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REPORT 1218
EFFECT
OF GROUND
INTERFERENCE
ON THE
AERODYNAMIC
AND FLOW CHARACTERISTICS
OF A 42” SWEPTBACK
WING AT REYNOLDS
NUMBERS
BJP TO 6.8 x 10”
By G. CHESTER
FURLONG
Langley
and THOMAS
Aeronautical
Lmgley
Field,
V. BOLLECH
Laboratory
Va.
I I IllII III
National
Advisory
Headquarters,
Committee
1512 H Street NW.,
for Aeronautics
Washington
2ti, D. C.
Created by act of Congress approved March 3, 1915, for the supervision and direction of t,he scientific study
was increased from 12 to 15 by act
of the problems of flight (U. S. Code, title 50, sec. 151). Its membership
The
members
are appointed by the President,
approved March 2, 1929, and to 17 by act approved May 25, 1948.
and serve as such without compensation.
SC. D., Massachusetts Institute of Technology, Chairman
JEROME C. HUNSARER,
LEOX.&RD CARMICHAEL,
PH. D., Secretary,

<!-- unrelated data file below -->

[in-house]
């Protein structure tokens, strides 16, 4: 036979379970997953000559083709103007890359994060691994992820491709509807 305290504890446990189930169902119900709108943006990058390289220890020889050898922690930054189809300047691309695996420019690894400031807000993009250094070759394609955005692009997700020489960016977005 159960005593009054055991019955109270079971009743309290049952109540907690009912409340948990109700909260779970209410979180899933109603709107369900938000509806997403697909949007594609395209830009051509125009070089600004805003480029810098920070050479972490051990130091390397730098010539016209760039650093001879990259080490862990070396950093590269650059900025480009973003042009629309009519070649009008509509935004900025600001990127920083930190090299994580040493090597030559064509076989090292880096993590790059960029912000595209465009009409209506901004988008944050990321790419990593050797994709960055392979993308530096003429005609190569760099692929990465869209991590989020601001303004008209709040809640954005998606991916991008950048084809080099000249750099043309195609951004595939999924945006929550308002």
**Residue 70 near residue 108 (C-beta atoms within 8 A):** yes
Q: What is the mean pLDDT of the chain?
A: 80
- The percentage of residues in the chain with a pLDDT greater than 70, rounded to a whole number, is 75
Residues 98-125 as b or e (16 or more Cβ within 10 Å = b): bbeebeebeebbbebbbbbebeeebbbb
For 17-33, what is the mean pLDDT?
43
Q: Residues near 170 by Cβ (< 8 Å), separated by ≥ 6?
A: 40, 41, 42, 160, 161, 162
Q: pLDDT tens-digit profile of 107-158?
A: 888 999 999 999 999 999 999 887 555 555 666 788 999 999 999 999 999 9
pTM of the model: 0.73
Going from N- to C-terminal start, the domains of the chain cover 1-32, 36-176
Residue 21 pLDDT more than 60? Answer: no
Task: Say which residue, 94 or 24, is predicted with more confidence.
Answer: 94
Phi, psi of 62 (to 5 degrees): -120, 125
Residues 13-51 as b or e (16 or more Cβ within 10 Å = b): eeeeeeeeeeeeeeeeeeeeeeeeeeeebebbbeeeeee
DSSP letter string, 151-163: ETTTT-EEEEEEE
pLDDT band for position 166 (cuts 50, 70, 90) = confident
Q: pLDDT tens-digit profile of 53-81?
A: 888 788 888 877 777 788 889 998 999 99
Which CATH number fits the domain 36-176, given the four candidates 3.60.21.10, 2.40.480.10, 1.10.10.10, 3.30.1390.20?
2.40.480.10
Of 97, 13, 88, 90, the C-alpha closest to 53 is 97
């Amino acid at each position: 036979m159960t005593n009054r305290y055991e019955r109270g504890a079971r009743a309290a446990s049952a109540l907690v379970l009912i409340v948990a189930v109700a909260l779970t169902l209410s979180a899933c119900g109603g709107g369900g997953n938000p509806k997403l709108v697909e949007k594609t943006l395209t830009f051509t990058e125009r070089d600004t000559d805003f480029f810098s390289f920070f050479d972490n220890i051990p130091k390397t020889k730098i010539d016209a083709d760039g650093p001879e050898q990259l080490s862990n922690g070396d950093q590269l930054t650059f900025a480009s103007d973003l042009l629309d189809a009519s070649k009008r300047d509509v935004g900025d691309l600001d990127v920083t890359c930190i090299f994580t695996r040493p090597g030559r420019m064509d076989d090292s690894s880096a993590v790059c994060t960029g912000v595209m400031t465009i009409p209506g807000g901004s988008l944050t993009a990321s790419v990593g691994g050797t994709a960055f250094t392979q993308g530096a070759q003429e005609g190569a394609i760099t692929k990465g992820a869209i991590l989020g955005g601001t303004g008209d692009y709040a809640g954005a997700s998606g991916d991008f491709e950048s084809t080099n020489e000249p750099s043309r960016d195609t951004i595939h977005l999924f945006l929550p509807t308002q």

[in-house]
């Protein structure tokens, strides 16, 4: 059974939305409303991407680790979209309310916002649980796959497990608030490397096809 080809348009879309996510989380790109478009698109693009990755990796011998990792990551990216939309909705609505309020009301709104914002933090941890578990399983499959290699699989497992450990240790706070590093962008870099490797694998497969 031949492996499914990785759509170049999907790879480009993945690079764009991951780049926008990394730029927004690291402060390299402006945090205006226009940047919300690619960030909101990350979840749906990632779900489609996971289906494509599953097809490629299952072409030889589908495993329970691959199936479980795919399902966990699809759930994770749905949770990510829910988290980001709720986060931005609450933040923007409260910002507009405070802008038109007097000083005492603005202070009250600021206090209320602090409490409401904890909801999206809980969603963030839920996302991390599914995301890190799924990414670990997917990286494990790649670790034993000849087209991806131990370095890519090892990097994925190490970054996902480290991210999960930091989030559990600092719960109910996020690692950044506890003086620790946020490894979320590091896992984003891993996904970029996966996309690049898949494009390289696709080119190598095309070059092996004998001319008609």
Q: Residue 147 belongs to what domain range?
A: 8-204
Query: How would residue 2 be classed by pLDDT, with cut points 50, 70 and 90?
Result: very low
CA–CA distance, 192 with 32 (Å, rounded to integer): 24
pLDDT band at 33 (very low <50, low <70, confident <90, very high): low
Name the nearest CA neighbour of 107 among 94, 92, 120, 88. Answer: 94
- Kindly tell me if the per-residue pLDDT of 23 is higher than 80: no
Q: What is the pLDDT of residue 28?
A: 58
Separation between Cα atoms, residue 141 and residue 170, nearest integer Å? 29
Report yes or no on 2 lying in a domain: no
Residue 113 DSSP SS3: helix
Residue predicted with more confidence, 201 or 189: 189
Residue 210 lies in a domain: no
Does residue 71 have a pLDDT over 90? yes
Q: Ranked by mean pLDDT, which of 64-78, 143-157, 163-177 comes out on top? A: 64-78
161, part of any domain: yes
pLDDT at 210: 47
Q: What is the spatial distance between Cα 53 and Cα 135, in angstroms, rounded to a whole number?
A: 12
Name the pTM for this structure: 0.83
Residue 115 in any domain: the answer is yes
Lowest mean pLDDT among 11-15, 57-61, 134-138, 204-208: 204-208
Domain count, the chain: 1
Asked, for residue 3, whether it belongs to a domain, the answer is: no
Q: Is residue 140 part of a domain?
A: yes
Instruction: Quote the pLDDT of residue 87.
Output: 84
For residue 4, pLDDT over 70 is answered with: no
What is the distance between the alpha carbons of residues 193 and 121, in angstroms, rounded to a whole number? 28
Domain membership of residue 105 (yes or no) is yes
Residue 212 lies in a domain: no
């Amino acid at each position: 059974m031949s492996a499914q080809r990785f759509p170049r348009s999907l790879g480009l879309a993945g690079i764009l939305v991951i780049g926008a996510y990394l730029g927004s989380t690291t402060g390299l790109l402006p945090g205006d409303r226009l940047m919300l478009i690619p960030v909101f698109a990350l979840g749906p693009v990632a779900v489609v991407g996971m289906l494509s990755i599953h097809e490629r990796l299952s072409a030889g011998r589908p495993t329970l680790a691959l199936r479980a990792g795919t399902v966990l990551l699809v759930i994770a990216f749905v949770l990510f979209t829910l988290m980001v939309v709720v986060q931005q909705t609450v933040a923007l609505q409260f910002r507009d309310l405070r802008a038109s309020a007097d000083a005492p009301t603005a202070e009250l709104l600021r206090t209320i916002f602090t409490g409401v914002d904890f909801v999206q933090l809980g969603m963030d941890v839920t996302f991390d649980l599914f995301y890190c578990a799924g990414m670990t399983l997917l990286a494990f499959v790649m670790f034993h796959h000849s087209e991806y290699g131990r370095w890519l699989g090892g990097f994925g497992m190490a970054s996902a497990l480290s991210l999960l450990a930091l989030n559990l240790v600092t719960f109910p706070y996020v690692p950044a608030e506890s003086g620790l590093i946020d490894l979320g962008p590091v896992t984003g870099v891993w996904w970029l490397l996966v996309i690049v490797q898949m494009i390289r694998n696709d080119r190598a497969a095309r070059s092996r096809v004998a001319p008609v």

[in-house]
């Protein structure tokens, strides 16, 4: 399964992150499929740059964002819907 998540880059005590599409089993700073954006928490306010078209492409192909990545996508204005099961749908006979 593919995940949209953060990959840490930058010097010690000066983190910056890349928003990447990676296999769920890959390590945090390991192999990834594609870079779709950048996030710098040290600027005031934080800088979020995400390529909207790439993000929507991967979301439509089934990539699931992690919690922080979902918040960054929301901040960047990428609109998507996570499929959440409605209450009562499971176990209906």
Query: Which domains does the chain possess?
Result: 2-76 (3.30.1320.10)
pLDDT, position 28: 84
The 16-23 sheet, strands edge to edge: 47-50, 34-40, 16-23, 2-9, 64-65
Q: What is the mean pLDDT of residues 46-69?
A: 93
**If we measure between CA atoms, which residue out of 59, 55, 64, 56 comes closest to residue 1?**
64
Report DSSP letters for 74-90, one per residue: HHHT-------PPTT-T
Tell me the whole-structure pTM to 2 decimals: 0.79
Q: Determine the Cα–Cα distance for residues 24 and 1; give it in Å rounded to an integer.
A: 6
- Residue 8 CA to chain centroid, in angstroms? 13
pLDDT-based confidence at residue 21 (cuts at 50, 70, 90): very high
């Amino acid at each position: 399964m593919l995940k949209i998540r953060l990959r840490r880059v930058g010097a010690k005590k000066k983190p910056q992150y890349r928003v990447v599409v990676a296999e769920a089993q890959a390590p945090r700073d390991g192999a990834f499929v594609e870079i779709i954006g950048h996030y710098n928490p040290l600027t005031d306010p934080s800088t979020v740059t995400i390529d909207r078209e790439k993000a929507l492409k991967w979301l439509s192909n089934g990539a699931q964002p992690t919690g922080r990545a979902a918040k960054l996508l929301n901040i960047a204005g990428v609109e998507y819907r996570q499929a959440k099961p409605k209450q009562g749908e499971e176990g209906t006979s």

L.
JOIIN TV. CROMLIY,
DRYDEN,
JOHN F. VICTORY,
PH. D.,
Director
JR., B. S., Associate
Director
HENRY
J. E. REID,
SMITH J. DEFRAKCE,
D. Eng.,
D. Eng.,
for
II
.___.
-
C. WILLIAMS,
EDWARD H.
Research
Director,
Langley
Director,
EDWARD R. SHARP, SC. D., Director,
WALTER
T-ice Chairman
DONALD L. PUTT, Lieutenant
General, United States Air Force,
Deputy
Chief of Staff (Development).
DONALD A. QUARLES, D. Eng., Secretary of the Air-Force.
ARTHUR E. RAYMOND, SC. D., VicepPresident-Engineering,
Douglas Aircraft
Co., Inc.
FRANCIS W. REICHELDERFER,
SC. D., Chief,
United
States
Weather
Bureau.
LOUIS S. ROTHSCHILD, PR. B., Under
Secretary
of Commerce
for Transportation.
NATHAN F. TWINIX;~, General,
United
States Air Force, Chief
of Staff.
JOSEPH P. AD-&MS, LL. B., Vice Chairman,
Civil Aeronautics
Board.
+~LLEN V. ASTIN, PH. D., Director,
National Bureau of Standards.
PRESTON R. BASSETT, RI. A., Vice President,
Sperry Rand Corp.
DETLEV W. BRONK, PH. D., President,
Rockefeller
Institute